In this days I'm reading about polyhedra because of a lesson that I'm preparing for my students. Very interesting is the icosaedro. It is composed by 20 faces and 30 vertices. Working on this topics is interesting because by them is possible to understand more about mesh representation.
The Icosaedro has all triangular faces and its volume can be inscribed in a cube. This consideration is important if you want to code the algorithm of construction of this regular polyhedron. My goal is create a gh code useful to draw an icosaedro starting from its edge. The geometrical procedure is known: you can find a fantastic explanation in the article of my friend Leonardo Baglioni: "I poliedri regolari e semiregolari con un approfondimento sulle cupole geodetiche." In the book "Geometria Descrittiva" of Riccardo Migliari.
He writes that is it possible to find the edge of the icosaedro, starting from the edge of the circumscribed cube using this equation which comes from a geometrical description. If I can do It, also is it possible the reverse: finding the edge of the circumscribed cube starting from a line that will be the edge of the icosaedro.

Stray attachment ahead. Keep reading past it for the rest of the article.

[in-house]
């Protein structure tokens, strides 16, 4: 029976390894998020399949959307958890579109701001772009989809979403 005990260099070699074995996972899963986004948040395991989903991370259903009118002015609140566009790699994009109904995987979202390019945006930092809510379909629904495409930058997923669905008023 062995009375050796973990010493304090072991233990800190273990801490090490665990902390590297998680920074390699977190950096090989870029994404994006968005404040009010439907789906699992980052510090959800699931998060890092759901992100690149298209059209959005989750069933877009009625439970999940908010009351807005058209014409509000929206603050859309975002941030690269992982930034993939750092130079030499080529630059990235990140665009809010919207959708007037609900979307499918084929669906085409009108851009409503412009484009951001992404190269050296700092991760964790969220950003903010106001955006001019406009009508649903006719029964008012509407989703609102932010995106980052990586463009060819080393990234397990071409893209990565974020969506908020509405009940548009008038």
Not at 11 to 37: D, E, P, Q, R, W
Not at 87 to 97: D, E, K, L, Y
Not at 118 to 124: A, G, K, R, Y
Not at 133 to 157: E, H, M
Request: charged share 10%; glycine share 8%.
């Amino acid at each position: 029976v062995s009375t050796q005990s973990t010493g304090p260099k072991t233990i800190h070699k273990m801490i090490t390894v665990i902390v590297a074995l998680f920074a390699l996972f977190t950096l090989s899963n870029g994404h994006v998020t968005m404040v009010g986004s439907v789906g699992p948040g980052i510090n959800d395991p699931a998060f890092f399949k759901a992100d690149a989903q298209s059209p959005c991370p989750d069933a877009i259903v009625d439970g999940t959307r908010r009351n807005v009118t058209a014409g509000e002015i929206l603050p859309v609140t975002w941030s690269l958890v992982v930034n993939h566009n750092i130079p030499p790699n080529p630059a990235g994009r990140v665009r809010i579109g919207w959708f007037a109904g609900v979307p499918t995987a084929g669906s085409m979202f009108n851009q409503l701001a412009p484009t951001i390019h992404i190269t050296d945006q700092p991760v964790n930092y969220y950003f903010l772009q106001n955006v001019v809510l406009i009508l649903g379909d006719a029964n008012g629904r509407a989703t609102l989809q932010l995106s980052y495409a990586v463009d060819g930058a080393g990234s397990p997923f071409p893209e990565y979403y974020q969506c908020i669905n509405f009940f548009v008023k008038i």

But now I have just a cube not an icosaedro! If I look at an icosaedro inside a cube I notice that the edges which belong to the faces of the cube are rotated of 90 degrees, only the opposite faces have edges in the same direction. The next part of the gh code is quite interesting because I solved the problem of rotated edges on different six faces with the knowledge of parametric space. I collected a list of six rotated edges on the same faces, I caught the uv parameters of end points for the face which I choose first and I used them to create the edges of icosaedro for all the six face of the cube. Now I have just to connect points with new lines.
A matching of mesh e nurbs helped me to create the resulting regular volume.